Russia is the largest country in the world. It extends from the Black Sea and the Baltic Sea in Europe, to Siberia and the Pacific Ocean. The deepest lake in the world, Lake Baikal is in Russia. The capital is Moscow.
Famous for being backward and authoritarian, Russia nonetheless developed a rich culture, particularly in the areas of music, dance, and literature. In the 20th century, Russian scientific accomplishments included the launch of the first satellite, Sputnik, and the first man in space.
Russian is named after Viking conquerors who set up a state in the middle ages. Later the Mongols conquered Russia and controlled it for hundreds of years. Once free, Moscow became preeminent and in a series of wars expanded its empire, developed absolute rule with a Czar, and broke through to the Baltic Sea, the Black Sea, and the Pacific Ocean. It was only with British interference in Afghanistan, and later American, that Russia was prevented from breaking through to the Indian Ocean.
In the first millenium, the area was settled by Slavs and Vikings, most of whom converted to Eastern Orthodox Christianity.
Founded in the 12th century as the Principality of Muscovy, Russia was able to emerge from over 200 years of Mongol domination (13th-15th centuries) and to gradually conquer and absorb surrounding principalities. Czar Ivan the Terrible greatly expanded the country in the 16th century.
In the early 17th century, a new Romanov Dynasty continued this policy of expansion across Siberia to the Pacific. Under Peter the Great (ruled 1682-1725), hegemony was extended to the Baltic Sea and the country was renamed the Russian Empire. In the 18th century, Catherine the Great continued to expand and modernize the country, and led successful wars against Turkey and Sweden.
During the 19th century, more territorial acquisitions were made in Europe and Asia. The threat of Russia breaking through to the Mediterranean Sea and the Indian Ocean led Great Britain to oppose it on strategic grounds. Great Britain and France supported the decaying Ottoman Empire in the Crimean War (1853-1856), and British troops invaded Afghanistan to preempt a threat to India.
Defeat in the Russo-Japanese War of 1904-05 contributed to the Revolution of 1905, which resulted in the formation of a (rather power-less) parliament and other reforms. Repeated devastating defeats of the Russian army in World War I led to widespread rioting in the major cities and to the overthrow in 1917 of the government, and the arrest and execution of Czar Nicholas II and his family.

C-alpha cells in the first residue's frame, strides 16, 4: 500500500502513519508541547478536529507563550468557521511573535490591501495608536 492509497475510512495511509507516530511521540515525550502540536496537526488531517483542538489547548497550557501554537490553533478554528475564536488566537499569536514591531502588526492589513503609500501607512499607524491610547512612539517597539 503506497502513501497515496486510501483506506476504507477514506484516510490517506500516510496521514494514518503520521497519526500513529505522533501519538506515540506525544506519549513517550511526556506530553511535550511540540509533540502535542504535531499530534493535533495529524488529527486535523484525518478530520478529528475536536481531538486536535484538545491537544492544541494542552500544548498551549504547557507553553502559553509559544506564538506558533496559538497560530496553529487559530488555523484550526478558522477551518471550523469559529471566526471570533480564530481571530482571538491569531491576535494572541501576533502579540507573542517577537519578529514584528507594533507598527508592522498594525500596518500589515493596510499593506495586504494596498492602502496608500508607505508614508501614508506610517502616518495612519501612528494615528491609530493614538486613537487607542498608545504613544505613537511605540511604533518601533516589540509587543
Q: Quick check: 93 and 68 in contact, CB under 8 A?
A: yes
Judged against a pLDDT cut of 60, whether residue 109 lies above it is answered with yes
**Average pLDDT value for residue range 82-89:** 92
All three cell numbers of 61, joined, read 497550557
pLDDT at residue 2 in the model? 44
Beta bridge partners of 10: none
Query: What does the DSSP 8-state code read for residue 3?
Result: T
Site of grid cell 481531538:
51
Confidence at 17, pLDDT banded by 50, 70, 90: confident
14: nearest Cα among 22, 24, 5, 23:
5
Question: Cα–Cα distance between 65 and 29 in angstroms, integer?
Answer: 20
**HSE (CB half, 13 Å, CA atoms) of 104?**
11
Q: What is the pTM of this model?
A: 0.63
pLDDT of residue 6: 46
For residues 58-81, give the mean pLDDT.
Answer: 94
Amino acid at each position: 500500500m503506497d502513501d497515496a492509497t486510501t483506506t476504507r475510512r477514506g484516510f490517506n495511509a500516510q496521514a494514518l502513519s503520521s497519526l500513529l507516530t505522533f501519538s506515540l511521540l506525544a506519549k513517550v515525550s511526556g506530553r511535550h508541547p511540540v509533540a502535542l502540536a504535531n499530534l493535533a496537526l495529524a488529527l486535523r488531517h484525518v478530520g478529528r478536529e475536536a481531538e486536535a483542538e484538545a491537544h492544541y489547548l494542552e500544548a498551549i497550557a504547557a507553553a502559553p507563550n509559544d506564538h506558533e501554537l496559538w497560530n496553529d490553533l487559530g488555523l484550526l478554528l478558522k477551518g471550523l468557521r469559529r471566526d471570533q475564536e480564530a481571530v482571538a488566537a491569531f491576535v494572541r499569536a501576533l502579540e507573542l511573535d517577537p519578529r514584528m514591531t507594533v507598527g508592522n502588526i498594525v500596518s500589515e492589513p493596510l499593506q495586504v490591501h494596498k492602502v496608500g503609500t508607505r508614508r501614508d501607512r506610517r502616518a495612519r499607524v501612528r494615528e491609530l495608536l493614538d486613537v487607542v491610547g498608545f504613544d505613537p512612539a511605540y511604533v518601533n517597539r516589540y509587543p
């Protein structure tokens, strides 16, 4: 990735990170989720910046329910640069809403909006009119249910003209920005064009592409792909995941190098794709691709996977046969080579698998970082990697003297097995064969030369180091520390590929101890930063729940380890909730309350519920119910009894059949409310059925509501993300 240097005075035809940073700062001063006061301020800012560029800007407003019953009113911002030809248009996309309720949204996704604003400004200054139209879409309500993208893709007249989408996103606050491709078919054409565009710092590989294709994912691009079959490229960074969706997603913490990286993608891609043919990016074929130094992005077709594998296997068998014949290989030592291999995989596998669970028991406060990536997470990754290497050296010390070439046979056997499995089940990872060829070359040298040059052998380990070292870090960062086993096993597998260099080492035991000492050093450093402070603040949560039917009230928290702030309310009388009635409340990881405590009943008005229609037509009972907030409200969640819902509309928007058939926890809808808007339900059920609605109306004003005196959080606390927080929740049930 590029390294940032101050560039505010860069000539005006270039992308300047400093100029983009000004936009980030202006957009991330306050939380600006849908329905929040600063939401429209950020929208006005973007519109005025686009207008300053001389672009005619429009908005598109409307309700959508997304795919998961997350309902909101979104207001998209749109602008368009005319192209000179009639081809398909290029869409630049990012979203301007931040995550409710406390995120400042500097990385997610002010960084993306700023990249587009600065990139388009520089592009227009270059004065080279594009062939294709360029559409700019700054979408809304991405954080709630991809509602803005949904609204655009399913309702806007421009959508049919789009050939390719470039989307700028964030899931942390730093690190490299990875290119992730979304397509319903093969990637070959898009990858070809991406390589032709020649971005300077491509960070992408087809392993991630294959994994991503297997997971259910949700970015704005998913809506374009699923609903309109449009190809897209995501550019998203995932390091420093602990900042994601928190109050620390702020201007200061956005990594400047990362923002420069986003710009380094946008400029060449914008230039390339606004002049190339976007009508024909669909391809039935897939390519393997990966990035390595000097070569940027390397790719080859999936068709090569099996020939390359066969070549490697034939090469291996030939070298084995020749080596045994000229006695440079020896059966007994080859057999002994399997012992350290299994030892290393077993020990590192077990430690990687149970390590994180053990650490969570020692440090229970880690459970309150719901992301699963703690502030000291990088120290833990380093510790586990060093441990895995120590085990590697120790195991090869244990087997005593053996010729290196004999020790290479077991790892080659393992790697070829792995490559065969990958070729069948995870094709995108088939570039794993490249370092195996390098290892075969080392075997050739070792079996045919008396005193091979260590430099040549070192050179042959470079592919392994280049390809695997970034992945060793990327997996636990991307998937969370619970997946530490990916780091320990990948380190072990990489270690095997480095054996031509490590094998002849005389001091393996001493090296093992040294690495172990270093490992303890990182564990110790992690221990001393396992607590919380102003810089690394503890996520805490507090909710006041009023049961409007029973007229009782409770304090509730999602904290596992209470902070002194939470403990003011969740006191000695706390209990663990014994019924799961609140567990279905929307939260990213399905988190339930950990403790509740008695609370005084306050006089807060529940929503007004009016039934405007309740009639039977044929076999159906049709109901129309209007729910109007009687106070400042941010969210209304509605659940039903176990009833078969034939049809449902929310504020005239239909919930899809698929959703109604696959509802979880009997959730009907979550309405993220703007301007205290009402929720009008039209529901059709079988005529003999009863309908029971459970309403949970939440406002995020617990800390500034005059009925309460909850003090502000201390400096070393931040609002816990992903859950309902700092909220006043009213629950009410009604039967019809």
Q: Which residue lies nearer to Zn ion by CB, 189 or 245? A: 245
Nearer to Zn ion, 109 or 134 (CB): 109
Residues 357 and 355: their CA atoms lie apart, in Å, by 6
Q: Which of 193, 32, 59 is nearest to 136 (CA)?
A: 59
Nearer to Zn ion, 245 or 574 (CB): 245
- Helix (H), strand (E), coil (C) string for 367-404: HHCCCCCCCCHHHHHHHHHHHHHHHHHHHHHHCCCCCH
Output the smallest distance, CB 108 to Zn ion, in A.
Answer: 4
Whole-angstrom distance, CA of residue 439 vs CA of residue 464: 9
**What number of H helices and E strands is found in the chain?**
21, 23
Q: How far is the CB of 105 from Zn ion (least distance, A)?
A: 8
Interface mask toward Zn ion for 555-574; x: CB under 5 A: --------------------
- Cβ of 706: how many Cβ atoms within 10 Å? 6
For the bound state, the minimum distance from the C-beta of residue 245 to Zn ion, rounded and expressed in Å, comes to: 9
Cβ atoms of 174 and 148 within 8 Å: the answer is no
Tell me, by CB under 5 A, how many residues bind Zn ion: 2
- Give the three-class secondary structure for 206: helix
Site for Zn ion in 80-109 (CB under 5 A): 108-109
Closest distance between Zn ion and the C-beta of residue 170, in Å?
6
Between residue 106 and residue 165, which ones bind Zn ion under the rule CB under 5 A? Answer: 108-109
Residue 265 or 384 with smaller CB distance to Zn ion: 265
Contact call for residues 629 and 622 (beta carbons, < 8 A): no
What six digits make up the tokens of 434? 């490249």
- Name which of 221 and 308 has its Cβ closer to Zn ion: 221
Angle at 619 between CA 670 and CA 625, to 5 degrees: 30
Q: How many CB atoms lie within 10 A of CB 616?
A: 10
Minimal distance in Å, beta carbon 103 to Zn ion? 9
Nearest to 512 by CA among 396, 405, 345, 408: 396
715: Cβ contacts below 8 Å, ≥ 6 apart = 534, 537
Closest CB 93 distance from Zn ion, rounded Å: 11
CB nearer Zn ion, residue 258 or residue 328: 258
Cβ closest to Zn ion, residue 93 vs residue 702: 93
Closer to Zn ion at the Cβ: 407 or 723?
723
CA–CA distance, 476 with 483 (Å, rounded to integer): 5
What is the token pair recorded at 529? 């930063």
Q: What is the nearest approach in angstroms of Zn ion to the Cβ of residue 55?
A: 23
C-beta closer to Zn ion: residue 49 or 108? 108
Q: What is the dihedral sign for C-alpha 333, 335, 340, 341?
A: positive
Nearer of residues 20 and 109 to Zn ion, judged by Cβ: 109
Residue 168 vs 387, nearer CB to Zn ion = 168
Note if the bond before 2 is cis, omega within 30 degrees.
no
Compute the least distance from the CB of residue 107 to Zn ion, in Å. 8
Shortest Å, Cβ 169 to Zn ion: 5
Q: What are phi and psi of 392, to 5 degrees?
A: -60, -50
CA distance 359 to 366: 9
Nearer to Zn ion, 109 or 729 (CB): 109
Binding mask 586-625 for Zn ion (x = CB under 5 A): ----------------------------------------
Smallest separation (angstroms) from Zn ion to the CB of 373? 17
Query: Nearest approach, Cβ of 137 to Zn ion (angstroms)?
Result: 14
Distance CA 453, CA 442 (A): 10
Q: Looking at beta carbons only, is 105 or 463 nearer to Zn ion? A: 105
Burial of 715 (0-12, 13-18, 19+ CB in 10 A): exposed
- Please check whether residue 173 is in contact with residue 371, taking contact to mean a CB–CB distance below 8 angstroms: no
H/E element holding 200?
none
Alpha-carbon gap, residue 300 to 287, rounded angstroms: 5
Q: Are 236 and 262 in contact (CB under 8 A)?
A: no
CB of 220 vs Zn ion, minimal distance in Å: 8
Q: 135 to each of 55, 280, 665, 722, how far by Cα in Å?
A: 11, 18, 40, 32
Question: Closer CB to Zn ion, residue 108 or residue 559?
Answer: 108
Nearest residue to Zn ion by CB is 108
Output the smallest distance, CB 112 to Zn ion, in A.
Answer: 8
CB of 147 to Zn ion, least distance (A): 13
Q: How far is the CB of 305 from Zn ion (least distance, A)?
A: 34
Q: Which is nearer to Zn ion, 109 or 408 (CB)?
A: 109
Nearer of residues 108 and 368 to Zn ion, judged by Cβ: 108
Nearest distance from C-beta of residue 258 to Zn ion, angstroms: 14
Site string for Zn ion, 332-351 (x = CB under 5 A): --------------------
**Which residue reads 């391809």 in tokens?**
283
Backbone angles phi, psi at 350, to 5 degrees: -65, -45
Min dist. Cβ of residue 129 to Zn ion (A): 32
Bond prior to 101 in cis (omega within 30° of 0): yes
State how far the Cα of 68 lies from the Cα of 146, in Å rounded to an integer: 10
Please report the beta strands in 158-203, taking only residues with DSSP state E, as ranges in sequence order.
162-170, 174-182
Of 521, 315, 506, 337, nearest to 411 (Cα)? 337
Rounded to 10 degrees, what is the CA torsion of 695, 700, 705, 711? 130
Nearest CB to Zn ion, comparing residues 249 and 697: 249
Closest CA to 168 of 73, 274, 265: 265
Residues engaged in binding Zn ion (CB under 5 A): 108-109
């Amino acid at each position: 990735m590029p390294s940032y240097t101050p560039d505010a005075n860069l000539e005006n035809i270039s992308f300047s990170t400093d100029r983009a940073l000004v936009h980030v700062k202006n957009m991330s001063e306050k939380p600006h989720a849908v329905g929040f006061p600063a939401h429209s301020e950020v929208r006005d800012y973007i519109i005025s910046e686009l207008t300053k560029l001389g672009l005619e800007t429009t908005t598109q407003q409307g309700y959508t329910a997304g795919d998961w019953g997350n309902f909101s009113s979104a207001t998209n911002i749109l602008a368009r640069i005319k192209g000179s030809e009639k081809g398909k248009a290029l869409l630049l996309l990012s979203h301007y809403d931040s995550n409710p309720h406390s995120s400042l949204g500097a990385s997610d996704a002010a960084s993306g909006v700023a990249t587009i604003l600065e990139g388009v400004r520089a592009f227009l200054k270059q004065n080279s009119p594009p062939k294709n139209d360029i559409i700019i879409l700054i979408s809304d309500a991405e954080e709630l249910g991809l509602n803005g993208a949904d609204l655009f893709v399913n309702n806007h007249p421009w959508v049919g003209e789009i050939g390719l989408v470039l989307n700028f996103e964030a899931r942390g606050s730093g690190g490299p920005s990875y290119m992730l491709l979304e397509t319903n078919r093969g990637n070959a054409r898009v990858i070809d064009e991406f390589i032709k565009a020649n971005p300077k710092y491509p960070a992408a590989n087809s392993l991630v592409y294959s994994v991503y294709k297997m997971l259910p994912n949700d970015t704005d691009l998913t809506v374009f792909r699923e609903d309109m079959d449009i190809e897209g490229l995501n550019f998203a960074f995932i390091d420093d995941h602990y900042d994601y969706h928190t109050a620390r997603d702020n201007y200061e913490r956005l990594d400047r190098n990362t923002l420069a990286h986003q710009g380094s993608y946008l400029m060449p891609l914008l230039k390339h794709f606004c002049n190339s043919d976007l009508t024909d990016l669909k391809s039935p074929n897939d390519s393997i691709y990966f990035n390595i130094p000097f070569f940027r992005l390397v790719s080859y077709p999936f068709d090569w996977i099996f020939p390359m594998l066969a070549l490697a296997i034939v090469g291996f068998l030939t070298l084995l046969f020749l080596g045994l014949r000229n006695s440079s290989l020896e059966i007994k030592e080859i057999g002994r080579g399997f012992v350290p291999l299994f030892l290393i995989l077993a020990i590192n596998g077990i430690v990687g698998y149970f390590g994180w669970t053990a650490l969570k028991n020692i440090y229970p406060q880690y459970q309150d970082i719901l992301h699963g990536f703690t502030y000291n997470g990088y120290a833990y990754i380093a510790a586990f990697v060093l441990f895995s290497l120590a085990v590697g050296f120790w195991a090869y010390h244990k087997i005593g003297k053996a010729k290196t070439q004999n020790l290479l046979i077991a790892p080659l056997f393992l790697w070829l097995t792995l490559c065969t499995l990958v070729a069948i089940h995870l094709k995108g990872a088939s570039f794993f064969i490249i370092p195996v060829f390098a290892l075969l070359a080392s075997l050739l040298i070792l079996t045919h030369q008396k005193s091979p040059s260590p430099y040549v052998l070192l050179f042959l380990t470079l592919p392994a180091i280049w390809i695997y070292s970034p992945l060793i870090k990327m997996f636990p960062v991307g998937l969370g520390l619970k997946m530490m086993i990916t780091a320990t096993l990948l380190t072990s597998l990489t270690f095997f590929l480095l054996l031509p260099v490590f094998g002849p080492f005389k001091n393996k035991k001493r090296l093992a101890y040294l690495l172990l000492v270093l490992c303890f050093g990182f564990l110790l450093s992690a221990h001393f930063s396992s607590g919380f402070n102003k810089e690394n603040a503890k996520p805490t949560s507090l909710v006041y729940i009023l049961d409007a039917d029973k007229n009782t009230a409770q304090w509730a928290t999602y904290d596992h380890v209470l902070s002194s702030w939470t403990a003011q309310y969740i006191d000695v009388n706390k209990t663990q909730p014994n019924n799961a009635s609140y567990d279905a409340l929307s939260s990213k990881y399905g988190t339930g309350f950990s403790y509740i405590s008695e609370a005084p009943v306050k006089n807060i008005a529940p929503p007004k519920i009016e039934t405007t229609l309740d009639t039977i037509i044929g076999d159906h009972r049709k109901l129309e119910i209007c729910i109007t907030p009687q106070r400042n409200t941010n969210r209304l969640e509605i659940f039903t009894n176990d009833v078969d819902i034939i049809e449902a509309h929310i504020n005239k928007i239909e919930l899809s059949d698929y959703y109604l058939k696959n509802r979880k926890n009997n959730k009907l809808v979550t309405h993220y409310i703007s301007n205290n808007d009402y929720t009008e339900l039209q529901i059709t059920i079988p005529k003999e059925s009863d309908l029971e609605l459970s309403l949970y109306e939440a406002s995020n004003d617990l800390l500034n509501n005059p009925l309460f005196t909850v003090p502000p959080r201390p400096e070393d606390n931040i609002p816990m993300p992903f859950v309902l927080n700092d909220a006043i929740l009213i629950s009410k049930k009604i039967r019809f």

The Communists (originally known as Bolsheviks) under Vladimir Lenin began the October Revolution soon after and formed the Russian Soviet Federative Socialist Republic. In 1922, the Union of Soviet Socialist Republics was formed. In 1924, Lenin died, and Joseph Stalin (1928-53) was elected Premier of the USSR by the Supreme Soviet. Stalin began a mass program of industrialization. While it cause many issues at first, most, if not all of them has been fixed after WWII, and they dramatically improved the quality of life for millions. World War II devastated the Soviet Union, with millions of people dying from battle, starvation, or in death camps run by the Germans.
The Soviet economy and society grew until around the late-1970s, after which it began to stagnate in the following decades until General Secretary Mikhail Gorbachev (1985-91) introduced glasnost (openness) and perestroika (restructuring) with the goal of ultimately forming a democratic-socialist Union of Soviet Sovereign States, but his initiatives inadvertently released forces that by December 1991 splintered the USSR into the Russian Federation and 14 other independent republics.
Since then, Russia has shifted its post-Soviet liberal ambitions in favor of a centralized semi-authoritarian state whose legitimacy is buttressed, in part, by carefully managed national elections, former President Putin's genuine popularity, and the prudent management of Russia's windfall energy wealth. Russia has suppressed a Chechen rebel movement, although violence still occurs throughout the North Caucasus.